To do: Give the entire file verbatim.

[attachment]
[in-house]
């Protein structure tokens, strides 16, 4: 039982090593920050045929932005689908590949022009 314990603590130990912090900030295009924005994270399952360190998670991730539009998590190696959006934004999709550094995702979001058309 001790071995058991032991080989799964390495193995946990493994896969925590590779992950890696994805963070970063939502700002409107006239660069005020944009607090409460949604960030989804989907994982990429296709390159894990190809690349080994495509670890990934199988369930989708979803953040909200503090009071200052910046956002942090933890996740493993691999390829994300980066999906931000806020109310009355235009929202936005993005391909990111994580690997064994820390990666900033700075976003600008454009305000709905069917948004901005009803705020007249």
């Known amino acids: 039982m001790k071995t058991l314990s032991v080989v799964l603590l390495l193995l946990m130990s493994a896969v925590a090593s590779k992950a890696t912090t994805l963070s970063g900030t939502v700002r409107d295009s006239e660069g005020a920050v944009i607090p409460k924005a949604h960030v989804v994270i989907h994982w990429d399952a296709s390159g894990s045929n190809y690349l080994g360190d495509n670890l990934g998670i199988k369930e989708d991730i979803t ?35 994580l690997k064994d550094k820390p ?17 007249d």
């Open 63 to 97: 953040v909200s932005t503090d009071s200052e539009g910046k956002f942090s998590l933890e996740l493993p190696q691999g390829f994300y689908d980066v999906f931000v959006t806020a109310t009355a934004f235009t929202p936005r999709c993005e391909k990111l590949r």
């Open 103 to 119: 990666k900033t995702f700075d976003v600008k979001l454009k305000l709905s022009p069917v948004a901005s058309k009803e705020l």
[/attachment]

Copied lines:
[in-house]
């Protein structure tokens, strides 16, 4: 039982090593920050045929932005689908590949022009 314990603590130990912090900030295009924005994270399952360190998670991730539009998590190696959006934004999709550094995702979001058309 001790071995058991032991080989799964390495193995946990493994896969925590590779992950890696994805963070970063939502700002409107006239660069005020944009607090409460949604960030989804989907994982990429296709390159894990190809690349080994495509670890990934199988369930989708979803953040909200503090009071200052910046956002942090933890996740493993691999390829994300980066999906931000806020109310009355235009929202936005993005391909990111994580690997064994820390990666900033700075976003600008454009305000709905069917948004901005009803705020007249």
């Known amino acids: 039982m001790k071995t058991l314990s032991v080989v799964l603590l390495l193995l946990m130990s493994a896969v925590a090593s590779k992950a890696t912090t994805l963070s970063g900030t939502v700002r409107d295009s006239e660069g005020a920050v944009i607090p409460k924005a949604h960030v989804v994270i989907h994982w990429d399952a296709s390159g894990s045929n190809y690349l080994g360190d495509n670890l990934g998670i199988k369930e989708d991730i979803t ?35 994580l690997k064994d550094k820390p ?17 007249d």
């Open 63 to 97: 953040v909200s932005t503090d009071s200052e539009g910046k956002f942090s998590l933890e996740l493993p190696q691999g390829f994300y689908d980066v999906f931000v959006t806020a109310t009355a934004f235009t929202p936005r999709c993005e391909k990111l590949r």
């Open 103 to 119: 990666k900033t995702f700075d976003v600008k979001l454009k305000l709905s022009p069917v948004a901005s058309k009803e705020l």